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Research Macroscope Defence Sector – Charting Growth, Trends & Market Dynamics

Defence Sector – Charting Growth, Trends & Market Dynamics

Written by - Fisdom Research

August 4, 2023 7 minutes

Overview: Defence Sector

Lately, a noticeable transformation has taken place in the worldwide defence arena. We’ve transitioned from a period where a single influential power held dominance (called ‘Unipolarity’) to a more evenly distributed and diverse situation (‘Multipolarity’). This shift has been instigated by the ascent of robust Asian nations challenging the conventional Western powerhouses on multiple fronts. These challenges encompass not only their economic expansion but also their military capabilities.

In the year 2022, a striking upswing in military expenditures was observed across the globe, reaching an unprecedented peak as per SIPRI’s records. The global military spending witnessed a 3.7% real term increase when adjusted for inflation, culminating in a substantial $2,240 billion expenditure, equivalent to roughly 2.2% of the global GDP.

Global Trends: Military Expenditure:

CountryMilitary Expenditure (2022)% of Total World Military Expenditure% share of GDPChange from the Previous YearAdditional Notes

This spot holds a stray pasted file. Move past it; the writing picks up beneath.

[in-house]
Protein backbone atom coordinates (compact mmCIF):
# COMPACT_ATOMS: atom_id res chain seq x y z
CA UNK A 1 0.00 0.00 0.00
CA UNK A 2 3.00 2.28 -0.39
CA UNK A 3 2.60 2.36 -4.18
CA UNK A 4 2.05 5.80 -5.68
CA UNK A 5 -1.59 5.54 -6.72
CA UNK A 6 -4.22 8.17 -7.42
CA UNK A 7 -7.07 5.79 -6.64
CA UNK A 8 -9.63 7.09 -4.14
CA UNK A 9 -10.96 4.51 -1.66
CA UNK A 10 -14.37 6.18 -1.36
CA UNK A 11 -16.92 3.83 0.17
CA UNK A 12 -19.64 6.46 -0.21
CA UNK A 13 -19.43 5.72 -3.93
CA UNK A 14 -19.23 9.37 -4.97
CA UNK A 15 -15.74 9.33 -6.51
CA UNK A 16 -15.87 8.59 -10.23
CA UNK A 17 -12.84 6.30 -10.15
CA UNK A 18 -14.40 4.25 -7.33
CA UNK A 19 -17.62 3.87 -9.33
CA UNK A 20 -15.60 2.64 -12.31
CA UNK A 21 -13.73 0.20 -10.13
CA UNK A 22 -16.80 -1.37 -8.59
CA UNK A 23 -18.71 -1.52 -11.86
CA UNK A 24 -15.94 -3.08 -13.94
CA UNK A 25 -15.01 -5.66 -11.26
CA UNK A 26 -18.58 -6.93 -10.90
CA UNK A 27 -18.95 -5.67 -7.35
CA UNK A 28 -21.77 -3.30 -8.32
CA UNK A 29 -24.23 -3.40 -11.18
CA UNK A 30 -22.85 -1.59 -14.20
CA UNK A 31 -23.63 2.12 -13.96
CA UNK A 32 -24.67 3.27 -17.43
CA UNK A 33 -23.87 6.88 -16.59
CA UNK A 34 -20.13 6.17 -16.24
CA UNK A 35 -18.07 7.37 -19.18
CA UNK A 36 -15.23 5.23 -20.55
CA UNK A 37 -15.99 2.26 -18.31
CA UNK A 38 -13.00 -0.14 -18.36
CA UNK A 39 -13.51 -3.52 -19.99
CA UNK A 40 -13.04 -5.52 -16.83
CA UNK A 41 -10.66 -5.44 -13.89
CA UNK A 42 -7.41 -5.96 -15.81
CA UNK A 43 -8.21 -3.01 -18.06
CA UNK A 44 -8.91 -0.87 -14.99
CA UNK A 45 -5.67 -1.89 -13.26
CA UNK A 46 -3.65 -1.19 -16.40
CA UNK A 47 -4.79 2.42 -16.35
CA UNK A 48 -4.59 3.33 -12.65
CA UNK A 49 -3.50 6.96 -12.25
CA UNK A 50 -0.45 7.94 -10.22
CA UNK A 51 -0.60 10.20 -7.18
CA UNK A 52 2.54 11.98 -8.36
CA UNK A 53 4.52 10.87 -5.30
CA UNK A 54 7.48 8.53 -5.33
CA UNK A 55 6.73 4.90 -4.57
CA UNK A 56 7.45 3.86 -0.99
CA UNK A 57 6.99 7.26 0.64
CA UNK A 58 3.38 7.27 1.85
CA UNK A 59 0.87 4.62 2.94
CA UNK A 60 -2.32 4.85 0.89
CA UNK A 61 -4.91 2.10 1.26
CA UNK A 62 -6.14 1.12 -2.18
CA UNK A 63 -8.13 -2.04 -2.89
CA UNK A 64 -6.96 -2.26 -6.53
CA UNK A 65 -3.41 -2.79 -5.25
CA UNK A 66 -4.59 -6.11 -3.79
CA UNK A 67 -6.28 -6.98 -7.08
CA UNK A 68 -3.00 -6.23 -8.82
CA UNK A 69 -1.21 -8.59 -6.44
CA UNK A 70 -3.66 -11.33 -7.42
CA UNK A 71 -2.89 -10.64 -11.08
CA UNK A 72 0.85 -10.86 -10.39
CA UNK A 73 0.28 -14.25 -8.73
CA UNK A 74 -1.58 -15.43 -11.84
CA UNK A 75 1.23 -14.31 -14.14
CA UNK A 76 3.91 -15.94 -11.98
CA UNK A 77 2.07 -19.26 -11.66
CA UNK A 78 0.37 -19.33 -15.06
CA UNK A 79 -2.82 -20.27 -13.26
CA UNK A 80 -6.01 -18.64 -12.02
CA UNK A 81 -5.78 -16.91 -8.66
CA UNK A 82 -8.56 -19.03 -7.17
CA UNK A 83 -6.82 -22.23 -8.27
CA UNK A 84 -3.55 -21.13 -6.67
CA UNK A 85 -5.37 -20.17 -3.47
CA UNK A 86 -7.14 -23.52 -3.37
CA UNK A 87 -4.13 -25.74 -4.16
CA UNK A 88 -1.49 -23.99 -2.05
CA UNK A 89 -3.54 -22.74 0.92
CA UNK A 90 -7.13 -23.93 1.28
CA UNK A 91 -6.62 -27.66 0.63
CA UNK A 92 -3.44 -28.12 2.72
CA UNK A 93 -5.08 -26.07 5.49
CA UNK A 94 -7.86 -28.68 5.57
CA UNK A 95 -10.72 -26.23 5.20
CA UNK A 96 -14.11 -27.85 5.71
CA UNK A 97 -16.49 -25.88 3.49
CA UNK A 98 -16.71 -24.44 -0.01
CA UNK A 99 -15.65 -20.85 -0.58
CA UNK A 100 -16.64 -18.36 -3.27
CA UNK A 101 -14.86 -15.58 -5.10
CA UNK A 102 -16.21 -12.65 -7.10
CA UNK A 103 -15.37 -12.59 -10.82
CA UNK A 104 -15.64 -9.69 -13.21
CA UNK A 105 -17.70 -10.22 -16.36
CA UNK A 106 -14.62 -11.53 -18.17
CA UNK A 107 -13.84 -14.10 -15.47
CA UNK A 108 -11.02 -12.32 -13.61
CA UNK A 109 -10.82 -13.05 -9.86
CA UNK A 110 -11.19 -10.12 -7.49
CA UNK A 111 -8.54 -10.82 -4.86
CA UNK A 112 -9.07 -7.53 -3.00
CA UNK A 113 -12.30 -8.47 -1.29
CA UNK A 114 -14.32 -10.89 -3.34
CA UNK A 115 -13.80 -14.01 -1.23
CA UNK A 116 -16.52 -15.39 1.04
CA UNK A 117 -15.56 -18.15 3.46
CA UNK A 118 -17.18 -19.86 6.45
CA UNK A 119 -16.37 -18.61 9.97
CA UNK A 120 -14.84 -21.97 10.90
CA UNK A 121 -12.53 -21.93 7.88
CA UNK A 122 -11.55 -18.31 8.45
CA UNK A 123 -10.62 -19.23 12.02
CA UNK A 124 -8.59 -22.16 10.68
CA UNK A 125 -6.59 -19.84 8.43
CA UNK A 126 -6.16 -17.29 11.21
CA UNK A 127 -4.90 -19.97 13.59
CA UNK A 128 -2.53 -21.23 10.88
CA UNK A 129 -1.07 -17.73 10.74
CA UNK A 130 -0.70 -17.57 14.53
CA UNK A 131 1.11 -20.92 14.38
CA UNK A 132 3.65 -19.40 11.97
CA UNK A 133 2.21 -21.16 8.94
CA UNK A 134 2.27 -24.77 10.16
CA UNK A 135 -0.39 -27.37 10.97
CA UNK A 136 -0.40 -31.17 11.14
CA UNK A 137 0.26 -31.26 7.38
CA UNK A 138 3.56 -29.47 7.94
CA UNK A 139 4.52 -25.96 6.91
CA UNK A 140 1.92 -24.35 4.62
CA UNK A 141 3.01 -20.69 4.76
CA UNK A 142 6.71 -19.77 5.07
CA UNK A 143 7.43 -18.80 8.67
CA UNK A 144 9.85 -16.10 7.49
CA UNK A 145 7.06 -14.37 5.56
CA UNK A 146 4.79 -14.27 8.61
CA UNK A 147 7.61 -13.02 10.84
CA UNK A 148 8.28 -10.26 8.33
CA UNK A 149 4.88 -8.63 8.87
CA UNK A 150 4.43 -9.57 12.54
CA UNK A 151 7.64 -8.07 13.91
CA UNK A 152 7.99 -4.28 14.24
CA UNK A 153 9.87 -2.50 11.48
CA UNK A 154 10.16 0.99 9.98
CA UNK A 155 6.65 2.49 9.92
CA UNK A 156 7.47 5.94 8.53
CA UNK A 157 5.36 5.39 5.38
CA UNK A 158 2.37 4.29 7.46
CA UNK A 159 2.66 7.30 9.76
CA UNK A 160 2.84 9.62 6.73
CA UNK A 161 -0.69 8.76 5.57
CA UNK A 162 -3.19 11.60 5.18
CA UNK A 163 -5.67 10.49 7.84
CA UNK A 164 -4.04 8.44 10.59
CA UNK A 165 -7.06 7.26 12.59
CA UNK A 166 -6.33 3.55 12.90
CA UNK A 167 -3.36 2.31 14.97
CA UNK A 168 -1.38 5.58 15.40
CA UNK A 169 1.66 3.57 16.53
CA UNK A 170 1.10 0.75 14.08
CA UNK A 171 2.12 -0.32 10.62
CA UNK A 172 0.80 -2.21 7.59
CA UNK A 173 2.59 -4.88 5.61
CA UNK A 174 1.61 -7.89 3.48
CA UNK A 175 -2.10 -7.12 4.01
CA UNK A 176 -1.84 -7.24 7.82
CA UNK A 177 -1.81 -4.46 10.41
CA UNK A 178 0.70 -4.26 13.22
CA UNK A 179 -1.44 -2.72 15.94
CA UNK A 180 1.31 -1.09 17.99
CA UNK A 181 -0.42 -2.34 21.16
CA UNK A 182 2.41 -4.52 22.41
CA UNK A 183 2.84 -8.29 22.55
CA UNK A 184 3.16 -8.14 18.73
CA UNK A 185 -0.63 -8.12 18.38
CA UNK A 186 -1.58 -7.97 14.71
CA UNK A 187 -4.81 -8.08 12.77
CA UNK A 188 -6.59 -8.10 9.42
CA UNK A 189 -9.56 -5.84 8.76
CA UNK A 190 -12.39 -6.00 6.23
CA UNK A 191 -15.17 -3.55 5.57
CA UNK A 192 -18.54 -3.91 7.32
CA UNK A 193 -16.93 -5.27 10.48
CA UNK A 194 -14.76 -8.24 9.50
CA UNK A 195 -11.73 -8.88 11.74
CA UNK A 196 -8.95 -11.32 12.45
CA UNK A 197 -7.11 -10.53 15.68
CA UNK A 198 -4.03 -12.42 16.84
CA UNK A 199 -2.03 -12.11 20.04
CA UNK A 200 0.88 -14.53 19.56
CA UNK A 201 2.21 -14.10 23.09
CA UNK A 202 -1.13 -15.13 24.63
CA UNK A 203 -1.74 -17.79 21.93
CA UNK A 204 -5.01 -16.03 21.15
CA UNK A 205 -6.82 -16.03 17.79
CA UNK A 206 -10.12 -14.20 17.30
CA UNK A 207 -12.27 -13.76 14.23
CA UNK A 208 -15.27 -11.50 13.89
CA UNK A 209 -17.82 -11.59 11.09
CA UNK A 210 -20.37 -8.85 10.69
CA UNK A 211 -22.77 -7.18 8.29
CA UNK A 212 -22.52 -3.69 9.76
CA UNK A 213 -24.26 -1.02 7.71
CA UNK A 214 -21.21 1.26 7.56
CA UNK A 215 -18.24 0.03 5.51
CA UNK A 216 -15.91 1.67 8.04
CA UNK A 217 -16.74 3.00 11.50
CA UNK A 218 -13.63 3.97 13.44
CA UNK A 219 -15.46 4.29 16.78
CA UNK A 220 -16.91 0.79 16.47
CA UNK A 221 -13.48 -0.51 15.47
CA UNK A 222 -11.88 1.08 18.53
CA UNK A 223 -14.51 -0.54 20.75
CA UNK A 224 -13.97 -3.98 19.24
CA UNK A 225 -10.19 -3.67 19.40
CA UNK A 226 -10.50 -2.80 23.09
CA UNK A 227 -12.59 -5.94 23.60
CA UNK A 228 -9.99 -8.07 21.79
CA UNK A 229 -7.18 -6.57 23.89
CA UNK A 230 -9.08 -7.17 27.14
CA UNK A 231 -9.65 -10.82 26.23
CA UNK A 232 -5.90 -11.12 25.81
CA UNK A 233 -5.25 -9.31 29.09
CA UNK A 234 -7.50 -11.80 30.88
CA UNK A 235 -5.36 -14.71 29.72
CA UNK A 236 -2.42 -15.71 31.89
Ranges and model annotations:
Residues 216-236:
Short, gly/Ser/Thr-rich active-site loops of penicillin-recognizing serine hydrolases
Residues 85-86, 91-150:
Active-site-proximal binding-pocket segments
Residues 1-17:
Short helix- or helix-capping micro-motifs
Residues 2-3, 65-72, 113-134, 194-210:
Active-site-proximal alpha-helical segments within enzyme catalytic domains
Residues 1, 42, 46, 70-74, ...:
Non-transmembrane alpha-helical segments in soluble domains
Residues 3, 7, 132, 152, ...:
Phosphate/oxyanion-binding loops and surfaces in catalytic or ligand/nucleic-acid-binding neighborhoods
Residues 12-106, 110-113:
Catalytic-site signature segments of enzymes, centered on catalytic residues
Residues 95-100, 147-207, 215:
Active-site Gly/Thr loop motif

United States$877 billion39.1%3.5%0.7%Includes military aid to Ukraine.
China$292 billion13.0%1.6%*4.2%Continued growth for the 28th consecutive year.
Russia$86.4 billion3.8%4.1%*9.2%
India$81.4 billion3.6%2.4%6.0%Fourth largest spender globally; significant increase.
Saudi Arabia$75 billion3.3%7.4%*16.0%Part of the top five spenders, totaling 63% of global spend.
United Kingdom$68.5 billion3.1%2.2%3.7%
Germany$55.8 billion2.5%1.4%2.3%
France$53.6 billion2.4%1.9%0.6%
South Korea$46.4 billion2.1%2.7%-2.5%
Japan$46 billion2.1%1.1%5.9%

Source: SIPRI, Fisdom Research, *Number are estimates.

­­India’s position as a top-five global military spender highlights its strong defense commitment, yet a substantial gap persists compared to the United States and China, with the former investing approximately 11 times and the latter around four times more. Although India contributes 3.6% to global defense spending, the combined contributions of the US and China exceed 50%, underscoring the need for India to strategically narrow this disparity. Achieving this demands resource allocation, efficient utilization, and potential collaborations to bolster defense capabilities while maintaining a balance with other national priorities. Embracing technological advancements and gradual, sustainable growth in defense spending is crucial for India’s global security role and its dedication to international stability.

Tailwinds: Propelling India’s Defense Industry Advancement

1. Defense Budget: Prioritizing Modernization and Growth

The FY24 Union Budget outlines a comprehensive expenditure plan amounting to Rs 45 trillion. Within this framework, the Ministry of Defence has been allocated a budget of Rs 5.9 trillion, constituting 13% of the total budget. This allocation encompasses Rs 1.4 trillion specifically designated for defense pensions. In comparison to the budget of the preceding year, the aggregate defense budget has risen by Rs 683 billion, denoting a growth rate of 13%.